Seward Schools

When Science Gets Exciting

The following article was written by Seward High School sophomore Tanis Lorring.  For more high school news, please visit our site: http://shstoday.org/

On Wednesday, March 22, Mrs. Brasher’s anatomy class took a field trip to Anchorage. They visited the UAA Health & Sciences building, speaking with various nurses and physicians, and learning more about the field of medicine. “This field trip truly served as a facet for kids to become more connected with the medical field. I think that all the students benefited from this and were fascinated with the complicated inner-workings of the human body,” explained Anatomy teacher, Mrs. Brasher.

The students started the day off with a medical simulation. Everyone was divided into two groups and sent to diagnose certain patients. The “patients” actually turned out to be interactive rubber dummies. The students learned how to measure vital signs and detect various health issues, while at the same time experiencing the daily life of a doctor or nurse. “The sim was probably the most important part of the trip. It allowed the kids to work together and actually gain experience as doctors.” Mrs. Brasher giggled when remembering the dummy her group diagnosed, whose name turned out to be Darth Vader.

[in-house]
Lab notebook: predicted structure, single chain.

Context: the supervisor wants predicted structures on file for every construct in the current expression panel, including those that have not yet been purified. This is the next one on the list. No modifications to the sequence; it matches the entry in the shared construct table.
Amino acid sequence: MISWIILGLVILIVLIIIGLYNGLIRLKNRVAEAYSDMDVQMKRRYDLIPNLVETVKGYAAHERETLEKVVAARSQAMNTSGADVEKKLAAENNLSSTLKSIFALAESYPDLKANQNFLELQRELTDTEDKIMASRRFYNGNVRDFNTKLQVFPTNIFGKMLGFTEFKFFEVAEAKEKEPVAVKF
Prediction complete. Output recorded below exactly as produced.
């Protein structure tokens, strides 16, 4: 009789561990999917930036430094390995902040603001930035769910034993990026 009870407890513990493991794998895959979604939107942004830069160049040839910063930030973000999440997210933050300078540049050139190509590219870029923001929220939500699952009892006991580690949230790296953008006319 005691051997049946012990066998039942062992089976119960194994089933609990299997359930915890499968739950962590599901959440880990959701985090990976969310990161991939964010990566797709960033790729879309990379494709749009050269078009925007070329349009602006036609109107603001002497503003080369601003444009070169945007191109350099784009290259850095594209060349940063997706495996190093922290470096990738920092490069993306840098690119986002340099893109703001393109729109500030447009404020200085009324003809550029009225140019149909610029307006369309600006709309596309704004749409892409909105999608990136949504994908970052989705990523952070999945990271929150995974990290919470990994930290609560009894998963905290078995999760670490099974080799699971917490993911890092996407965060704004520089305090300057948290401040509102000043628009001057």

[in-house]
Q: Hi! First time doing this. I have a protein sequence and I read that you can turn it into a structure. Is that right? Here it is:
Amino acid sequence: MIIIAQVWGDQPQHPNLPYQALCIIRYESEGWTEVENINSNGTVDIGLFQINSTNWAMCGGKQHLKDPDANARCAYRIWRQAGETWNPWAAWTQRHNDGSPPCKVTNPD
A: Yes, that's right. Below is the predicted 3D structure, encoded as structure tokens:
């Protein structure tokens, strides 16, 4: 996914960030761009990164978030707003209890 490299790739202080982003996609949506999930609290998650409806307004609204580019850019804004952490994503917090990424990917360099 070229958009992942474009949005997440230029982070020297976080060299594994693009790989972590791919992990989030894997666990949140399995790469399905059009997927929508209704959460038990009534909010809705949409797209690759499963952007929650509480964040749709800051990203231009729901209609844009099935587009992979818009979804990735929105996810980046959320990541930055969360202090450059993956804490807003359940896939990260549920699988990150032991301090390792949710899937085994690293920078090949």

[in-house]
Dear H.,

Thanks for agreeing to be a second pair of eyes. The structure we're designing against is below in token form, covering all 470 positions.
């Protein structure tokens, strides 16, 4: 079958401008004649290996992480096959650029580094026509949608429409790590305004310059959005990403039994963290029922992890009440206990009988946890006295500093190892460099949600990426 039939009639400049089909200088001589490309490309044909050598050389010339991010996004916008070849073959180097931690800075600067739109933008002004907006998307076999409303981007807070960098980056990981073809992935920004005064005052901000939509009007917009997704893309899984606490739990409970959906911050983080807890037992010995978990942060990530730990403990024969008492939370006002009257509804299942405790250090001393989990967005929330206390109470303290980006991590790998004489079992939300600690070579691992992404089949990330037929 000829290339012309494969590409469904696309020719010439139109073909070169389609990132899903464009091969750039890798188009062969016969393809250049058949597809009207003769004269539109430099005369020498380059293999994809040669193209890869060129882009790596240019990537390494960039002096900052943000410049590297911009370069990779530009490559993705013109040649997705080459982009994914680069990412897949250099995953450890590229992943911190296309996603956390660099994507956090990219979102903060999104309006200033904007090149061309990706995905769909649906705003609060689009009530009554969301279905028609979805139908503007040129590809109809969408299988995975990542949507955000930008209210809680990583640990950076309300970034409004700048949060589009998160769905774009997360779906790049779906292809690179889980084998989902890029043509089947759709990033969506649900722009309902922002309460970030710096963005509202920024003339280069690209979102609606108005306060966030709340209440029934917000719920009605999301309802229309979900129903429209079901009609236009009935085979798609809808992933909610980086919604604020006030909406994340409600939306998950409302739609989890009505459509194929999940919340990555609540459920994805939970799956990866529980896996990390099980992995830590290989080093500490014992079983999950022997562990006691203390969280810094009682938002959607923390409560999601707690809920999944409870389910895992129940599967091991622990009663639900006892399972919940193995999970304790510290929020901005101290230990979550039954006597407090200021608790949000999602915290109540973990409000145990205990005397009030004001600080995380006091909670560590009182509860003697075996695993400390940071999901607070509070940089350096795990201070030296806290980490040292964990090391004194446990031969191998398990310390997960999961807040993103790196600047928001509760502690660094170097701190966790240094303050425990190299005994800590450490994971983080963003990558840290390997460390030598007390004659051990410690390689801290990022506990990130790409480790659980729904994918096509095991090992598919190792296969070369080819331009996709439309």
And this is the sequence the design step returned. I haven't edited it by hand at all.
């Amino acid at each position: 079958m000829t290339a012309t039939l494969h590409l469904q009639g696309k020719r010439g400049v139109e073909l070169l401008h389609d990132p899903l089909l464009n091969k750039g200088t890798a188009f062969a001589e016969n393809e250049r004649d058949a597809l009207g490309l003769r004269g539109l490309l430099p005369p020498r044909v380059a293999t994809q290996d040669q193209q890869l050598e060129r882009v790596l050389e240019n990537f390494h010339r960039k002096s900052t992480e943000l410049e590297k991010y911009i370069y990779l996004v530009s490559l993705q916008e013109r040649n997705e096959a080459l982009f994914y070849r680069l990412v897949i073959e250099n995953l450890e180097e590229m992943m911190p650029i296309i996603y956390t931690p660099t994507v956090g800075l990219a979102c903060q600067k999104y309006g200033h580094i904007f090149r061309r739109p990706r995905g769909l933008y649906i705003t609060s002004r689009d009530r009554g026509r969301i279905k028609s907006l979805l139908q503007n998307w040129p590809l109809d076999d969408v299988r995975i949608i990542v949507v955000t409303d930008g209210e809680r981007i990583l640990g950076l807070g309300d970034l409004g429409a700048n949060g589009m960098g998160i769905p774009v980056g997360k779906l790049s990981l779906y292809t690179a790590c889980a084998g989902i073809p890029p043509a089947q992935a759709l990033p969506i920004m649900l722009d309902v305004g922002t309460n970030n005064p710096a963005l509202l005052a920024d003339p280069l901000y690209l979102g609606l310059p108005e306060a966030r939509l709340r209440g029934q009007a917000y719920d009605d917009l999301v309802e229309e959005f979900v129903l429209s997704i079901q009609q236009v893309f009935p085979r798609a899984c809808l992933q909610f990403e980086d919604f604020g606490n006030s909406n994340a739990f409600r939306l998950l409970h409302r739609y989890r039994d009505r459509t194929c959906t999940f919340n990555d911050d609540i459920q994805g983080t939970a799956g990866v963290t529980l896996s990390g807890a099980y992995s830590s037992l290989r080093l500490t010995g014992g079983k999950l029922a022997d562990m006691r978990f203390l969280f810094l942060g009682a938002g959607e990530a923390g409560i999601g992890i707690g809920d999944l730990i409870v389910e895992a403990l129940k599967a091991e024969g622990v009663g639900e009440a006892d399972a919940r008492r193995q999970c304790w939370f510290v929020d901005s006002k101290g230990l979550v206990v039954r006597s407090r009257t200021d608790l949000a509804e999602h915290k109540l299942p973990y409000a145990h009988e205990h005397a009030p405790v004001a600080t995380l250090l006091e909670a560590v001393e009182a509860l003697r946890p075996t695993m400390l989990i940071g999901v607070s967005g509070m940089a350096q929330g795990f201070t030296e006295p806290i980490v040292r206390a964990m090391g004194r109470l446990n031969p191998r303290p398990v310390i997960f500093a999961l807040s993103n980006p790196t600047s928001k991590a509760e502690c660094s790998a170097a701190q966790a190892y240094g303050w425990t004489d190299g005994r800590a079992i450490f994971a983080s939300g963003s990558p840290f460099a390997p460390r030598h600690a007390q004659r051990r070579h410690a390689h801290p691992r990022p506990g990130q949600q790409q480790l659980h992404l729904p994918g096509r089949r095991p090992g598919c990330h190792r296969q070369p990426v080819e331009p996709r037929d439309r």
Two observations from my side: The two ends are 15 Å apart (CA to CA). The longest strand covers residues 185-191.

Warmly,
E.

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After treating the “patients,”  kids then received the opportunity to examine a cadaver, or the body of a person who died and donated his or her body to science. Donning white lab coats and protective goggles, they encountered several blue body bags containing the remains of various people. Students held the lungs and brains of different people, learning hands-on more about the way our bodies work. “It was actually really cool,” said junior Egor Sturdy. “It was a real dead body, a once-in-a-lifetime experience and it was cool to have the chance to see it.”

Finally, all the students gathered in a nurse’s classroom to see how potential nurses are trained. Some kids learned about bedsores, or pressure ulcers, and how to prevent them, while others practiced taking blood pressure and heart rate.

Overall, students who went on this trip came back informed and excited about the world of  medicine. Those already looking forward to medical school now have a better idea of what to expect when applying for colleges. Not only did the field trip prove incredibly beneficial, but it instilled excitement and awe in those who participated.

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